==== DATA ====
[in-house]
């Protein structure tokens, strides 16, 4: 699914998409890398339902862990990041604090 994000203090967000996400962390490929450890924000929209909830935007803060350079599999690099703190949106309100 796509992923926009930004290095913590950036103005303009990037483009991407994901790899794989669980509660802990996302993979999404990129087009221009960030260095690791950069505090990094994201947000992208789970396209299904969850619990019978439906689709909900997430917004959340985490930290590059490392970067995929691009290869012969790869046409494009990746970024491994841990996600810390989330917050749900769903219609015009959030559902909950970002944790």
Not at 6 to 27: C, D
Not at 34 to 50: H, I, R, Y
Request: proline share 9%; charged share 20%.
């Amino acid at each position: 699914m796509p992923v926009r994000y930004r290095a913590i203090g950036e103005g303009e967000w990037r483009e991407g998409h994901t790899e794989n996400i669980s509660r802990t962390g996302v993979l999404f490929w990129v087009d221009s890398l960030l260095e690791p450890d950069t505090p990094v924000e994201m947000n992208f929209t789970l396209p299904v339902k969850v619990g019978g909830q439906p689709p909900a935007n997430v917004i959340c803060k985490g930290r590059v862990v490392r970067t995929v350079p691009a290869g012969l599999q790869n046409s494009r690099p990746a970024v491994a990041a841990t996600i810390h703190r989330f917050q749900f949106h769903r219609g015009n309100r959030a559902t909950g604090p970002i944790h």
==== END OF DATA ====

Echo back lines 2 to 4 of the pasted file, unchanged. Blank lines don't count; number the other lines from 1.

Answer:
């Protein structure tokens, strides 16, 4: 699914998409890398339902862990990041604090 994000203090967000996400962390490929450890924000929209909830935007803060350079599999690099703190949106309100 796509992923926009930004290095913590950036103005303009990037483009991407994901790899794989669980509660802990996302993979999404990129087009221009960030260095690791950069505090990094994201947000992208789970396209299904969850619990019978439906689709909900997430917004959340985490930290590059490392970067995929691009290869012969790869046409494009990746970024491994841990996600810390989330917050749900769903219609015009959030559902909950970002944790």
Not at 6 to 27: C, D
Not at 34 to 50: H, I, R, Y